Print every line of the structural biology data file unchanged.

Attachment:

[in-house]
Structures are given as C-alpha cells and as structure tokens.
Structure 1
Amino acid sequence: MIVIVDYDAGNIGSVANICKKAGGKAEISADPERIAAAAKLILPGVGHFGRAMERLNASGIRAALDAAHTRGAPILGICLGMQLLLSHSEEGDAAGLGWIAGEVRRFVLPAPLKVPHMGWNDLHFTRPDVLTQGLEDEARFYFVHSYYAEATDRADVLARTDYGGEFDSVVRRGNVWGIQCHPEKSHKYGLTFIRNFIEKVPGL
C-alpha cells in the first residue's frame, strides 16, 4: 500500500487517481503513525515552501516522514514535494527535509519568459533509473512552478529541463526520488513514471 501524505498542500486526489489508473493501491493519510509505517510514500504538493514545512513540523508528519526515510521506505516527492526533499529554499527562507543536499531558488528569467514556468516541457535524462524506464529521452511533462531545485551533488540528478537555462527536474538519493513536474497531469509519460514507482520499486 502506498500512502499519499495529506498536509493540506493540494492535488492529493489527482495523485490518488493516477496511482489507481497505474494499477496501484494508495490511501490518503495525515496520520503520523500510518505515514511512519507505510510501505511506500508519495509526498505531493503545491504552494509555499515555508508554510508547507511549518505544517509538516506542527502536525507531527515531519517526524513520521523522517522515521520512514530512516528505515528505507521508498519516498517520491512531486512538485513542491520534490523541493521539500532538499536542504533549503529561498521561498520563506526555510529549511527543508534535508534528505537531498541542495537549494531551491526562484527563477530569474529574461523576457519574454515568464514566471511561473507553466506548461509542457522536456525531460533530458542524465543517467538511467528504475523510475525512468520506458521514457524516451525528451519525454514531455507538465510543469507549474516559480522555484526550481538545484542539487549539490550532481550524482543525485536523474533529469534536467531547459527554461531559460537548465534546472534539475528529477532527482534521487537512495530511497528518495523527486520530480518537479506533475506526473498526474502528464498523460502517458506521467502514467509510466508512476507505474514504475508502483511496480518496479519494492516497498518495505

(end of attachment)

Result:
[in-house]
Structures are given as C-alpha cells and as structure tokens.
Structure 1
Amino acid sequence: MIVIVDYDAGNIGSVANICKKAGGKAEISADPERIAAAAKLILPGVGHFGRAMERLNASGIRAALDAAHTRGAPILGICLGMQLLLSHSEEGDAAGLGWIAGEVRRFVLPAPLKVPHMGWNDLHFTRPDVLTQGLEDEARFYFVHSYYAEATDRADVLARTDYGGEFDSVVRRGNVWGIQCHPEKSHKYGLTFIRNFIEKVPGL
C-alpha cells in the first residue's frame, strides 16, 4: 500500500487517481503513525515552501516522514514535494527535509519568459533509473512552478529541463526520488513514471 501524505498542500486526489489508473493501491493519510509505517510514500504538493514545512513540523508528519526515510521506505516527492526533499529554499527562507543536499531558488528569467514556468516541457535524462524506464529521452511533462531545485551533488540528478537555462527536474538519493513536474497531469509519460514507482520499486 502506498500512502499519499495529506498536509493540506493540494492535488492529493489527482495523485490518488493516477496511482489507481497505474494499477496501484494508495490511501490518503495525515496520520503520523500510518505515514511512519507505510510501505511506500508519495509526498505531493503545491504552494509555499515555508508554510508547507511549518505544517509538516506542527502536525507531527515531519517526524513520521523522517522515521520512514530512516528505515528505507521508498519516498517520491512531486512538485513542491520534490523541493521539500532538499536542504533549503529561498521561498520563506526555510529549511527543508534535508534528505537531498541542495537549494531551491526562484527563477530569474529574461523576457519574454515568464514566471511561473507553466506548461509542457522536456525531460533530458542524465543517467538511467528504475523510475525512468520506458521514457524516451525528451519525454514531455507538465510543469507549474516559480522555484526550481538545484542539487549539490550532481550524482543525485536523474533529469534536467531547459527554461531559460537548465534546472534539475528529477532527482534521487537512495530511497528518495523527486520530480518537479506533475506526473498526474502528464498523460502517458506521467502514467509510466508512476507505474514504475508502483511496480518496479519494492516497498518495505